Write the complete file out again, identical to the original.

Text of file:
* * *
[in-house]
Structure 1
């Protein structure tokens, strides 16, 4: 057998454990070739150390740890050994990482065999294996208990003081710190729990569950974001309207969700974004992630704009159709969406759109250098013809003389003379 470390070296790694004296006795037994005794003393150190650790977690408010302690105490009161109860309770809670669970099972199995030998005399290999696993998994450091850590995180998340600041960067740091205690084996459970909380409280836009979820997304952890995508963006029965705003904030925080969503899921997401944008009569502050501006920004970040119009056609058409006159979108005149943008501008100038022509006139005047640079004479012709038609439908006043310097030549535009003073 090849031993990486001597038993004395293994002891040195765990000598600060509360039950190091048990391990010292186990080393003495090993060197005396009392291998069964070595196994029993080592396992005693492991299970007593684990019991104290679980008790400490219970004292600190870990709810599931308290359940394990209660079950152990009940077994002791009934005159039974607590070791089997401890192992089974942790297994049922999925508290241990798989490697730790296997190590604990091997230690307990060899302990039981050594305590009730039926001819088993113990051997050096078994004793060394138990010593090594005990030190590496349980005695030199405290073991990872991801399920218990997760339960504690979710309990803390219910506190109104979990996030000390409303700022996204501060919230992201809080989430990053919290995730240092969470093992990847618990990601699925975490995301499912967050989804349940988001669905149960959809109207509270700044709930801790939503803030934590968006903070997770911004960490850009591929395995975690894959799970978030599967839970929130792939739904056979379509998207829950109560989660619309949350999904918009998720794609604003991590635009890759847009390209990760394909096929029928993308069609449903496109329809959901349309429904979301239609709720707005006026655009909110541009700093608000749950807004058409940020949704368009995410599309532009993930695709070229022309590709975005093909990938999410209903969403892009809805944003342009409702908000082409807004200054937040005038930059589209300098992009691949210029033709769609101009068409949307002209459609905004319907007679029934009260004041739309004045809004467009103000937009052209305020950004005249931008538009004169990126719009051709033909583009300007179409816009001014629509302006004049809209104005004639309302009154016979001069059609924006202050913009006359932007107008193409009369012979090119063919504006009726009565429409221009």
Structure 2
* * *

[in-house]
Structure 1
């Protein structure tokens, strides 16, 4: 057998454990070739150390740890050994990482065999294996208990003081710190729990569950974001309207969700974004992630704009159709969406759109250098013809003389003379 470390070296790694004296006795037994005794003393150190650790977690408010302690105490009161109860309770809670669970099972199995030998005399290999696993998994450091850590995180998340600041960067740091205690084996459970909380409280836009979820997304952890995508963006029965705003904030925080969503899921997401944008009569502050501006920004970040119009056609058409006159979108005149943008501008100038022509006139005047640079004479012709038609439908006043310097030549535009003073 090849031993990486001597038993004395293994002891040195765990000598600060509360039950190091048990391990010292186990080393003495090993060197005396009392291998069964070595196994029993080592396992005693492991299970007593684990019991104290679980008790400490219970004292600190870990709810599931308290359940394990209660079950152990009940077994002791009934005159039974607590070791089997401890192992089974942790297994049922999925508290241990798989490697730790296997190590604990091997230690307990060899302990039981050594305590009730039926001819088993113990051997050096078994004793060394138990010593090594005990030190590496349980005695030199405290073991990872991801399920218990997760339960504690979710309990803390219910506190109104979990996030000390409303700022996204501060919230992201809080989430990053919290995730240092969470093992990847618990990601699925975490995301499912967050989804349940988001669905149960959809109207509270700044709930801790939503803030934590968006903070997770911004960490850009591929395995975690894959799970978030599967839970929130792939739904056979379509998207829950109560989660619309949350999904918009998720794609604003991590635009890759847009390209990760394909096929029928993308069609449903496109329809959901349309429904979301239609709720707005006026655009909110541009700093608000749950807004058409940020949704368009995410599309532009993930695709070229022309590709975005093909990938999410209903969403892009809805944003342009409702908000082409807004200054937040005038930059589209300098992009691949210029033709769609101009068409949307002209459609905004319907007679029934009260004041739309004045809004467009103000937009052209305020950004005249931008538009004169990126719009051709033909583009300007179409816009001014629509302006004049809209104005004639309302009154016979001069059609924006202050913009006359932007107008193409009369012979090119063919504006009726009565429409221009």
Structure 2